Tour de France Stage 4 Preview

Another sprint stage but this time much flatter.

Les Jambes en Bayonne: Neilson Powless took off early to get more points for the mountains competition and Laurent Pichon joined him for the ride, neither raced hard and the race was well behind schedule. Powless is building up a small lead in the mountains competition but he’s on 18 points and the first to the top of the HC-rated Col du Soudet tomorrow collects 20 points. The oddest moment was Victor Lafay attacking mid-stage, he went clear to get some more points for his green jersey at the intermediate sprint and it worked as he’s in green today, just.

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We got a sprint win for Jasper Philipsen, with help from a majestic leadout from Mathieu van der Poel which capped off a hectic finish in Bayonne, no crashes as many teams tried to set the pace but it felt like nobody could quite control things. Philipsen won but had to wait for a moment before he could celebrate on the podium as the race jury reviewed the images of him and Wout van Aert but if the Jumbo-Visma rider was up against the barriers and had to stop sprinting, Philipsen didn’t really put him there, it was more the slight curve in the road and a bulge in the barriers so the result stood. Philipsen finished ahead of Bauhaus, Ewan, Jakobsen and then Van Aert which matters for the points competition as it gives the Alpecin rider a buffer on his main rivals.

The Route: 182km and 1,400 of vertical gain, the flatest stage so far. It’s across countryside more used to slow cycling, racing here feels too urgent and intense, especially on a summer’s afternoon after lunch as the race passes the home of Armagnac and foie gras. There’s not so much to write home about, the day will celebrate André Darrigade, the best sprinter of the 1950s, and then there’s the Notre Dame des Cyclistes chapel, a nice touch as it gives all the TV commentators something to talk about during the stage and on a smaller level, once upon a time in the comments section of this blog two readers discussed this place, found a common interest, met in real life… and got married. Hopefully it’s happily ever after.

The Finish: it’s on the Paul Armagnac motor racing circuit with its runway-wide tarmac track but to get there it’s through the streets of Nogaro, and after a right turn in the town the route funnels into a smaller road and there’s a small drag up, nothing steep and almost ideal given it’s not wide as it’ll calm things down but it will bother the sprint trains. Then comes a right turn for the circuit and it’s onto a big road for the final 3km. Motorsport circuits have a thrill about them but what’s dicey for cars and motorbikes at 200km/h is plodding for a peloton at 60km/h and the bends are wide.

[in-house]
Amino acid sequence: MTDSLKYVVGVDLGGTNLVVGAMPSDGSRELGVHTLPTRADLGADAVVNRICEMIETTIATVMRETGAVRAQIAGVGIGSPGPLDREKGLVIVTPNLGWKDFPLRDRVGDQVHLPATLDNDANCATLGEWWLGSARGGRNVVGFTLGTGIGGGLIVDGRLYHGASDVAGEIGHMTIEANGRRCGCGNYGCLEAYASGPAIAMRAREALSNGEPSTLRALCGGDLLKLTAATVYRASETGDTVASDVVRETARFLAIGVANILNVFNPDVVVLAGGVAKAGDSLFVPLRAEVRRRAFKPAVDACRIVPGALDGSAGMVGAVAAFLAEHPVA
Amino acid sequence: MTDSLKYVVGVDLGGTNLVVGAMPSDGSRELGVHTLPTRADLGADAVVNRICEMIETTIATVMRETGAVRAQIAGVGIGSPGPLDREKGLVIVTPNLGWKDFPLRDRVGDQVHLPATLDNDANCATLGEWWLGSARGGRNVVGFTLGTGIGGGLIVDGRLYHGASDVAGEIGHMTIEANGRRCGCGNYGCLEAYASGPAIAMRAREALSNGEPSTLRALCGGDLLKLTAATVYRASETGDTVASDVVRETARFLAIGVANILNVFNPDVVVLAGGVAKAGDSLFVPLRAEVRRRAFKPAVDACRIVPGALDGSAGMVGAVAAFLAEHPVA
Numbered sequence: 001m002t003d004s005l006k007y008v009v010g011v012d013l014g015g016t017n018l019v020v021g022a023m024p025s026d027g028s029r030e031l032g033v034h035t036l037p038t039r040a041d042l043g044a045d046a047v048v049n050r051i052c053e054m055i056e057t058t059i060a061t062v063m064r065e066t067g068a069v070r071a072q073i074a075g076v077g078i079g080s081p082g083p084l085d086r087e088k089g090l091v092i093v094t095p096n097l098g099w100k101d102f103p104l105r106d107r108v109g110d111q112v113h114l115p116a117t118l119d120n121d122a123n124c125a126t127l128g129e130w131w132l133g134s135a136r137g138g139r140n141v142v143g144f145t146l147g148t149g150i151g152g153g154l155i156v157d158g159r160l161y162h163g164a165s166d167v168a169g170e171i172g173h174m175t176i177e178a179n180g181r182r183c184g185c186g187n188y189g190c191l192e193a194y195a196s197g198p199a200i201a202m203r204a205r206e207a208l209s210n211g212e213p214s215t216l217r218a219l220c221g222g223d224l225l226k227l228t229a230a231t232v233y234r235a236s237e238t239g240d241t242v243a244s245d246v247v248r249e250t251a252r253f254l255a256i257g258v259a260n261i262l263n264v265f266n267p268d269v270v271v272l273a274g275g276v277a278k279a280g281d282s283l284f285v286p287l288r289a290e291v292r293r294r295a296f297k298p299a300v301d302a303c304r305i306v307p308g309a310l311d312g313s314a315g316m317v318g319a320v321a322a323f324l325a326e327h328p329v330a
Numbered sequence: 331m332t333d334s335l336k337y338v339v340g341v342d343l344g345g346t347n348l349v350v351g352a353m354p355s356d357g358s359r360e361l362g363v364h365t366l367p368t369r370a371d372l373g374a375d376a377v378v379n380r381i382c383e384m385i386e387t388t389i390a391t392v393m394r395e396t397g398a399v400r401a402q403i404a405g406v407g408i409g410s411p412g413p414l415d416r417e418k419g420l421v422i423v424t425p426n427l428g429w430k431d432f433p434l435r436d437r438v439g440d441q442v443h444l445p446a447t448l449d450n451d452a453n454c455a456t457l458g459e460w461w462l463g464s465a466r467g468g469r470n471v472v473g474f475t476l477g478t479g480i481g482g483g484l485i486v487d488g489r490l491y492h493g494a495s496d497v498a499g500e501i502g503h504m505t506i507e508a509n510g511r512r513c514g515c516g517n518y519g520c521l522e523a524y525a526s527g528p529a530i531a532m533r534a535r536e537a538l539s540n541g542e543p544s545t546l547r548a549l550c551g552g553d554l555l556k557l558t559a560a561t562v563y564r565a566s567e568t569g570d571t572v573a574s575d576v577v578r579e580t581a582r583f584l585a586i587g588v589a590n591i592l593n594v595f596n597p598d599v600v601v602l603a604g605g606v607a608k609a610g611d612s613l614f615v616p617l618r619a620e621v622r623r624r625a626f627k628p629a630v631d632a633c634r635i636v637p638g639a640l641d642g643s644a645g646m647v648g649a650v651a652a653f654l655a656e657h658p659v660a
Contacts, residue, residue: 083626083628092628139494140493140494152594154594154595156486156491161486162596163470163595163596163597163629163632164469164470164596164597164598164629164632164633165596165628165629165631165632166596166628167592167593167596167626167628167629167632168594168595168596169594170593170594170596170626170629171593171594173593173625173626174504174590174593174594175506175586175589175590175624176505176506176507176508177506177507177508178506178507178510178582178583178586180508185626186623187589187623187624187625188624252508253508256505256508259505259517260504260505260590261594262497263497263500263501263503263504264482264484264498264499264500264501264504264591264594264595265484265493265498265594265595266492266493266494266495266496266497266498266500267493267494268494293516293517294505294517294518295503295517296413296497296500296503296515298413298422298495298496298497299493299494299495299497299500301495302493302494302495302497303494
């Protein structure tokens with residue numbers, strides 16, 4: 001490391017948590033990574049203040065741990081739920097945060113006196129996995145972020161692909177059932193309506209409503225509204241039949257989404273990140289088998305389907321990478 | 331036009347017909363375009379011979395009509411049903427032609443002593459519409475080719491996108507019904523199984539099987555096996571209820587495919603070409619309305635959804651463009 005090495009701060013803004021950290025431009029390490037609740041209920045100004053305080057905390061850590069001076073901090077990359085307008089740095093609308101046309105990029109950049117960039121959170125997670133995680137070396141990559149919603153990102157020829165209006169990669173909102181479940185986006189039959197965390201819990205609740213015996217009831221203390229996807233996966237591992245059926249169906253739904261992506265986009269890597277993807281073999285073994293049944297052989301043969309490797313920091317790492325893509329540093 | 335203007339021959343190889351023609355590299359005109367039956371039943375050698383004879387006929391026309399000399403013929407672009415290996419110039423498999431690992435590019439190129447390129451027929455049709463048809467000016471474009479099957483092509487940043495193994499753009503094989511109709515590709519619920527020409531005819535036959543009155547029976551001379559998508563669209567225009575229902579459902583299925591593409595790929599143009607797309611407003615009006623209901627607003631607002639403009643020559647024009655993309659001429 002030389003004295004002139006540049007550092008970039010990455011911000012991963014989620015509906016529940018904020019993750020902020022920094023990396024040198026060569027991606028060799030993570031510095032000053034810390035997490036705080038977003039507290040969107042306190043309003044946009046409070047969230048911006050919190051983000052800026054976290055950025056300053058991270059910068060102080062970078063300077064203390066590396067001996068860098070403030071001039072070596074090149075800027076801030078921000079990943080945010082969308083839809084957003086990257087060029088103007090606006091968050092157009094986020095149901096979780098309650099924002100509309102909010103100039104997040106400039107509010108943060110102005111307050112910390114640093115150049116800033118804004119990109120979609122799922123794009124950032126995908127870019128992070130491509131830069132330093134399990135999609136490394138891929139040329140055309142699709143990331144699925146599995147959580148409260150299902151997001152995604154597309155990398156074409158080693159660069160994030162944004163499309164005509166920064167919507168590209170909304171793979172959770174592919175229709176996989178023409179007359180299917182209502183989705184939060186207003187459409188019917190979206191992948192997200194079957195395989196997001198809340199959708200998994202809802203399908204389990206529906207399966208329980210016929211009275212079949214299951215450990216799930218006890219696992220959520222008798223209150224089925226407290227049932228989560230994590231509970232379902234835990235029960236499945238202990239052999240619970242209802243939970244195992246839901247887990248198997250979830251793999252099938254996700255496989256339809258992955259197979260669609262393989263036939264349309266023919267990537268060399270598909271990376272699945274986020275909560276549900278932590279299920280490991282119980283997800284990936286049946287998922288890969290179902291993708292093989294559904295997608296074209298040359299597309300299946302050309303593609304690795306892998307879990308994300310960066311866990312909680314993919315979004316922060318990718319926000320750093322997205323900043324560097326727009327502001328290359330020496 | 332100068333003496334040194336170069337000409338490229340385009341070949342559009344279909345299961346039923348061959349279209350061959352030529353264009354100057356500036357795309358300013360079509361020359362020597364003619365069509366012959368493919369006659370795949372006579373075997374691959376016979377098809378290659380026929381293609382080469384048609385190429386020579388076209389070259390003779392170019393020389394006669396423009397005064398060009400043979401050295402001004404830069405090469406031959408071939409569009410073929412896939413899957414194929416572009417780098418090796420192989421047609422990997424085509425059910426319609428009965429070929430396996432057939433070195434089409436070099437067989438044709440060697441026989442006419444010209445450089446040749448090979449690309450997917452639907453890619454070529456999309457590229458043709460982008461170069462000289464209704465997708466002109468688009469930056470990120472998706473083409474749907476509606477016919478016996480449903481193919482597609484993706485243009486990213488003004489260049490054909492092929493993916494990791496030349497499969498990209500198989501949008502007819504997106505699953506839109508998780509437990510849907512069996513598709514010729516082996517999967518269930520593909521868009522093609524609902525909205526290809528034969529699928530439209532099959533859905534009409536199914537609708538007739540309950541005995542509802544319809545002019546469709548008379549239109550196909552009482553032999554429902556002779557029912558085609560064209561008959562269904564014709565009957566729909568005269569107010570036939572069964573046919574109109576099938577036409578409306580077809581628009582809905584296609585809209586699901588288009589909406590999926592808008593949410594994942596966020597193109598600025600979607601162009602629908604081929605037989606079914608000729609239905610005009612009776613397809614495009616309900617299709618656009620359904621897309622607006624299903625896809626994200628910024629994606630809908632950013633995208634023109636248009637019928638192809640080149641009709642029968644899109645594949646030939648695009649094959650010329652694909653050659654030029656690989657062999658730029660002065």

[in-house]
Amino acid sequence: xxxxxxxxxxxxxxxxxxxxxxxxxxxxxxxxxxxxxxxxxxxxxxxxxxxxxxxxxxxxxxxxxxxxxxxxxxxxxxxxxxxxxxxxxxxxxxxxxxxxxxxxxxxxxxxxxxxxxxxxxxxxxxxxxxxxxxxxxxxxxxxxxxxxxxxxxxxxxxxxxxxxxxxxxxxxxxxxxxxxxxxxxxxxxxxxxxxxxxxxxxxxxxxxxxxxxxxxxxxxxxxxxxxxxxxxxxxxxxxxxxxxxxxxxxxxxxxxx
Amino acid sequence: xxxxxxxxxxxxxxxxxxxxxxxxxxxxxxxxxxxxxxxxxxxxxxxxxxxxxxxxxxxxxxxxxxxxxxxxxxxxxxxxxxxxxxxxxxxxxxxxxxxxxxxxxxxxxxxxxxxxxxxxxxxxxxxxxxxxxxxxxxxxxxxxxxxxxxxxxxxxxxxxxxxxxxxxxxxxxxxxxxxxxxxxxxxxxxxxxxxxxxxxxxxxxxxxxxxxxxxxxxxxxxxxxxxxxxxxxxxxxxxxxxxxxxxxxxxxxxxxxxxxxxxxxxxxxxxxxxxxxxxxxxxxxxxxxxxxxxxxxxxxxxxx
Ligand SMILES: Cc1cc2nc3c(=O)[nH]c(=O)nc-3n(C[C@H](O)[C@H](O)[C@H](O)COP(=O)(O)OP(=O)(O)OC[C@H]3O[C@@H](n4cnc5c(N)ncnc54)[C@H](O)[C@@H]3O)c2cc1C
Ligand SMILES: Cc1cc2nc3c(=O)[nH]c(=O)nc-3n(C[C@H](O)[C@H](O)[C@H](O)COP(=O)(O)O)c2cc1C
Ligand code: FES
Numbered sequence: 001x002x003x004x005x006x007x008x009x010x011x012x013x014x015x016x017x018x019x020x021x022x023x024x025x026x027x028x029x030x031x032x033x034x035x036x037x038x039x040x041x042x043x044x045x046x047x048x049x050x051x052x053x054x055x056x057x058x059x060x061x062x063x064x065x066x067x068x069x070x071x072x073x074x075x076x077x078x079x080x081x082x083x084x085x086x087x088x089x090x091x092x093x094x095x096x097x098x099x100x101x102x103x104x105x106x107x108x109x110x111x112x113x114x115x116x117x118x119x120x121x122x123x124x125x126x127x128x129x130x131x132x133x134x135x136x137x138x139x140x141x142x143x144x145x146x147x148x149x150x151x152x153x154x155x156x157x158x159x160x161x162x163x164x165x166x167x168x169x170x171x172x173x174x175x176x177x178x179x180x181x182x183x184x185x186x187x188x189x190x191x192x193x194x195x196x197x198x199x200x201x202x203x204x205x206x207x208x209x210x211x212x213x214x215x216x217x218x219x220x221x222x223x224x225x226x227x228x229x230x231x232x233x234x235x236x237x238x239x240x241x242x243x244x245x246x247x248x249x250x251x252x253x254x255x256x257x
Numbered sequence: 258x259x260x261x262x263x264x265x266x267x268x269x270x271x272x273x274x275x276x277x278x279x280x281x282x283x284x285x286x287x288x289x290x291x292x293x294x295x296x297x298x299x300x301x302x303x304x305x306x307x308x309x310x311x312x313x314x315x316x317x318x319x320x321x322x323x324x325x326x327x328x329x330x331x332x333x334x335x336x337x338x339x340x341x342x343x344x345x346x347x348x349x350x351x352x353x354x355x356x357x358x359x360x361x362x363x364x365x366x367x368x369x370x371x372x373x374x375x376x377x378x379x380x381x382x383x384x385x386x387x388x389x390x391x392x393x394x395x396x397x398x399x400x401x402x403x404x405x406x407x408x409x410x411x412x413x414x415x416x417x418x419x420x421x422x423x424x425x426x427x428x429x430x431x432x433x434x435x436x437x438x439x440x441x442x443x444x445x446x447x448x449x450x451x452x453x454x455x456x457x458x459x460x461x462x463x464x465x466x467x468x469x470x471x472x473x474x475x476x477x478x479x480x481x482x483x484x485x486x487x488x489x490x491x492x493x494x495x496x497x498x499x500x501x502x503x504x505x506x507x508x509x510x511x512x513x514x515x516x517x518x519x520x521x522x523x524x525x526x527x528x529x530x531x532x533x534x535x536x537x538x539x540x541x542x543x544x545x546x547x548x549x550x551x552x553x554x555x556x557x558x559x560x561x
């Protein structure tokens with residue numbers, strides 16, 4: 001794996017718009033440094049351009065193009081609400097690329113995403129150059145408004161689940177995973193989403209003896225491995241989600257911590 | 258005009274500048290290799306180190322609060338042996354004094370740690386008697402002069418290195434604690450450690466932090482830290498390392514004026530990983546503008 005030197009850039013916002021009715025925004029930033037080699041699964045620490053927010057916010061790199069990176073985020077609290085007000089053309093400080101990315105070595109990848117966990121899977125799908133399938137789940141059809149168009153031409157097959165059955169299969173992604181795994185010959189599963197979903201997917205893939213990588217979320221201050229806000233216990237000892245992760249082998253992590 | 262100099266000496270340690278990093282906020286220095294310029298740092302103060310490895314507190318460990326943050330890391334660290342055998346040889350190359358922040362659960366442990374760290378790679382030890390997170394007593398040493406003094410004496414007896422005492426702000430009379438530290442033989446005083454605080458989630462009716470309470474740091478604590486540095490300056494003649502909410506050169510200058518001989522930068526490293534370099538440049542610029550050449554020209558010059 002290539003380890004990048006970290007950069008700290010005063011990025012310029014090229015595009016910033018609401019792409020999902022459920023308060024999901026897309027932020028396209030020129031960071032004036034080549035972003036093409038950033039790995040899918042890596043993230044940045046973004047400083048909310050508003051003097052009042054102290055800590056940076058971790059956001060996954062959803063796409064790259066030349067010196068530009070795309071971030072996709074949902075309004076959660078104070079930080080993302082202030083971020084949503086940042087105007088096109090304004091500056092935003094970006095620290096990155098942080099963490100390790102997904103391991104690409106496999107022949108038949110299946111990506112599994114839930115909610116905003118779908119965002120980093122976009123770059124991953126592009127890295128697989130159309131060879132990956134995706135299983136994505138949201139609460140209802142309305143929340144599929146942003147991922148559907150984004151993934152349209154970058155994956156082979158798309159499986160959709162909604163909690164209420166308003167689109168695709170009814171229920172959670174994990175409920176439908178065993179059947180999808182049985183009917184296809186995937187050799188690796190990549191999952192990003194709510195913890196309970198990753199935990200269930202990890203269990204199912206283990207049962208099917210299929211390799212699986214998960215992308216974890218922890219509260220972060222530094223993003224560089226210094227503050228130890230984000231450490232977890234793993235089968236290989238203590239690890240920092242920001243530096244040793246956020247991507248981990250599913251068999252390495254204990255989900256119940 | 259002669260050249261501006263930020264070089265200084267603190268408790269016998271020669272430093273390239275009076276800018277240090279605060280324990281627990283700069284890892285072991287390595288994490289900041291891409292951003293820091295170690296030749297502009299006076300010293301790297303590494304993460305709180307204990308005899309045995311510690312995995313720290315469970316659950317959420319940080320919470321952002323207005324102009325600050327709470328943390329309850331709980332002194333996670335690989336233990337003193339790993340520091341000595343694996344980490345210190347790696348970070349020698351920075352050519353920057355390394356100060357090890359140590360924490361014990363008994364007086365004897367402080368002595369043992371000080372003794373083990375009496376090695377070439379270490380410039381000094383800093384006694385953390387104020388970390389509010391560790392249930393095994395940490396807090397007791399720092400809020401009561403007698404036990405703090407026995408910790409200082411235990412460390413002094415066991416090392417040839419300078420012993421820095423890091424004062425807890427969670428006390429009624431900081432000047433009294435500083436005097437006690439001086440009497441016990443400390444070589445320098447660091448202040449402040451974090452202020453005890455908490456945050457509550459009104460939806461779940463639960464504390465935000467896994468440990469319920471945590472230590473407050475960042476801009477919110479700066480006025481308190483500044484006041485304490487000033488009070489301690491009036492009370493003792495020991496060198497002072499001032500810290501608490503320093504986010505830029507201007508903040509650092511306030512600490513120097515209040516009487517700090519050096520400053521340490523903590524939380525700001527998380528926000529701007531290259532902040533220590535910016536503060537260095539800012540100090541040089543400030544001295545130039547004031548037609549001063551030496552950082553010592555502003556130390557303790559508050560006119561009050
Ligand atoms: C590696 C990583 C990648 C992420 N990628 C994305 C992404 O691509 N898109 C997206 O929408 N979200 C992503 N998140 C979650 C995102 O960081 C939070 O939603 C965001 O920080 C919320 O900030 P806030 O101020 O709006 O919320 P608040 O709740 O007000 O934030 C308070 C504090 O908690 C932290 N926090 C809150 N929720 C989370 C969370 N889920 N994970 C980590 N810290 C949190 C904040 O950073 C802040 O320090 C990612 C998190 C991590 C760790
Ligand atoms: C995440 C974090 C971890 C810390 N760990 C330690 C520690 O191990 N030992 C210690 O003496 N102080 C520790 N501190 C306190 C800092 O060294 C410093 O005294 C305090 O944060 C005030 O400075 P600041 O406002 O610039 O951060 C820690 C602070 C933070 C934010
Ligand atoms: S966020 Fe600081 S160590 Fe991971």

The Contenders: another sprint finish but today is flatter as a whole so it should suit the dragstrip sprinters more. Jasper Philipsen (Alpecin-Deceuninck) is an obvious pick. Fabio Jakobsen (Soudal-Quickstep) should do well here, he’s got a solid lead out to help.

Philipsen, Jakobsen
Groenewegen, Ewan, Van Aert
Cavendish, Welsford

Weather: sunshine and a few clouds, 25°C and a 15km/h breeze from the west, so a tailwind until 40km to go where the race starts to loop back.

TV: KM0 is at 1.20pm and the finish is forecast for 5.20pm CEST.

46 thoughts on “Tour de France Stage 4 Preview”

  1. Nice touch…
    “once upon a time in the comments section of this blog two readers discussed this place, found a common interest, met in real life… and got married.”

    • Can’t help thinking it’s a subtle hint to discuss more interesting things than Eurosport commentators too.

      +1 for Jambes en Bayonne

    • Well Gabriele and Larry have been noticeable by their below the line absence.

      I can only assume they’re enjoying their honeymoon.

          • ^___^

            I’d been having more fun indeed than in the last couple of stages, whereas the first two were good enough.
            Watching the race, riding my bike myself, lurking here from time to time (and enjoying comments 😉 ) but, as I noted back then, still not in the mood to write much about the sport after Mäder’s death which happened the same days a cyclist was killed by a car on my usual roads, 1 km or so away from my very doorstep, a friend of friends, even, although didn’t know him personally. So also suddenly very busy on the activist side of course, which is quite demanding, but really it’s more about feelings than actual lack of time to spare writing here.
            Hope to be back writing about the racing before the TDF is over…